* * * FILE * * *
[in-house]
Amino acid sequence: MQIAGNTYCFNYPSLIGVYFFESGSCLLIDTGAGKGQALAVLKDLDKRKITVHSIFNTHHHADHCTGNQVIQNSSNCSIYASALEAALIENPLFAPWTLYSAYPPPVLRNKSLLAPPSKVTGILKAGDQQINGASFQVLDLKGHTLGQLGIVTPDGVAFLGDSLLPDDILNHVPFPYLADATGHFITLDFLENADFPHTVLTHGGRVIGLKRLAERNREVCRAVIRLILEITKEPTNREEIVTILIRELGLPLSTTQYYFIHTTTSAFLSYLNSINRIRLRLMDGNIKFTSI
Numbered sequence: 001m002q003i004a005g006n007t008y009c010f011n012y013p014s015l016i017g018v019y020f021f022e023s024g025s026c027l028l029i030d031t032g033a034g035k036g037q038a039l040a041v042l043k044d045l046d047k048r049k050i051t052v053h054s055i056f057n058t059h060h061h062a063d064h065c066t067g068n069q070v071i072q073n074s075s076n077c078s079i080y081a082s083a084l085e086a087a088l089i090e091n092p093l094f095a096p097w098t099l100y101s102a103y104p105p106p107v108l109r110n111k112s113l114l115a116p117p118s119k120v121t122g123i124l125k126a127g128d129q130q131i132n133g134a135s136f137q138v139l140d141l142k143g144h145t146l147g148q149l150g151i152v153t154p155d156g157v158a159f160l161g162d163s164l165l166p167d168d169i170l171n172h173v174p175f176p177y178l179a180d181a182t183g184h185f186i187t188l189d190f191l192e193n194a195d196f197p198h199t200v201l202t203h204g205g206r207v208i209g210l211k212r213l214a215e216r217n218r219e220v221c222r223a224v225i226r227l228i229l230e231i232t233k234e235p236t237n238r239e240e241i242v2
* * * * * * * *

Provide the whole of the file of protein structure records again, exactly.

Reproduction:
[in-house]
Amino acid sequence: MQIAGNTYCFNYPSLIGVYFFESGSCLLIDTGAGKGQALAVLKDLDKRKITVHSIFNTHHHADHCTGNQVIQNSSNCSIYASALEAALIENPLFAPWTLYSAYPPPVLRNKSLLAPPSKVTGILKAGDQQINGASFQVLDLKGHTLGQLGIVTPDGVAFLGDSLLPDDILNHVPFPYLADATGHFITLDFLENADFPHTVLTHGGRVIGLKRLAERNREVCRAVIRLILEITKEPTNREEIVTILIRELGLPLSTTQYYFIHTTTSAFLSYLNSINRIRLRLMDGNIKFTSI
Numbered sequence: 001m002q003i004a005g006n007t008y009c010f011n012y013p014s015l016i017g018v019y020f021f022e023s024g025s026c027l028l029i030d031t032g033a034g035k036g037q038a039l040a041v042l043k044d045l046d047k048r049k050i051t052v053h054s055i056f057n058t059h060h061h062a063d064h065c066t067g068n069q070v071i072q073n074s075s076n077c078s079i080y081a082s083a084l085e086a087a088l089i090e091n092p093l094f095a096p097w098t099l100y101s102a103y104p105p106p107v108l109r110n111k112s113l114l115a116p117p118s119k120v121t122g123i124l125k126a127g128d129q130q131i132n133g134a135s136f137q138v139l140d141l142k143g144h145t146l147g148q149l150g151i152v153t154p155d156g157v158a159f160l161g162d163s164l165l166p167d168d169i170l171n172h173v174p175f176p177y178l179a180d181a182t183g184h185f186i187t188l189d190f191l192e193n194a195d196f197p198h199t200v201l202t203h204g205g206r207v208i209g210l211k212r213l214a215e216r217n218r219e220v221c222r223a224v225i226r227l228i229l230e231i232t233k234e235p236t237n238r239e240e241i242v2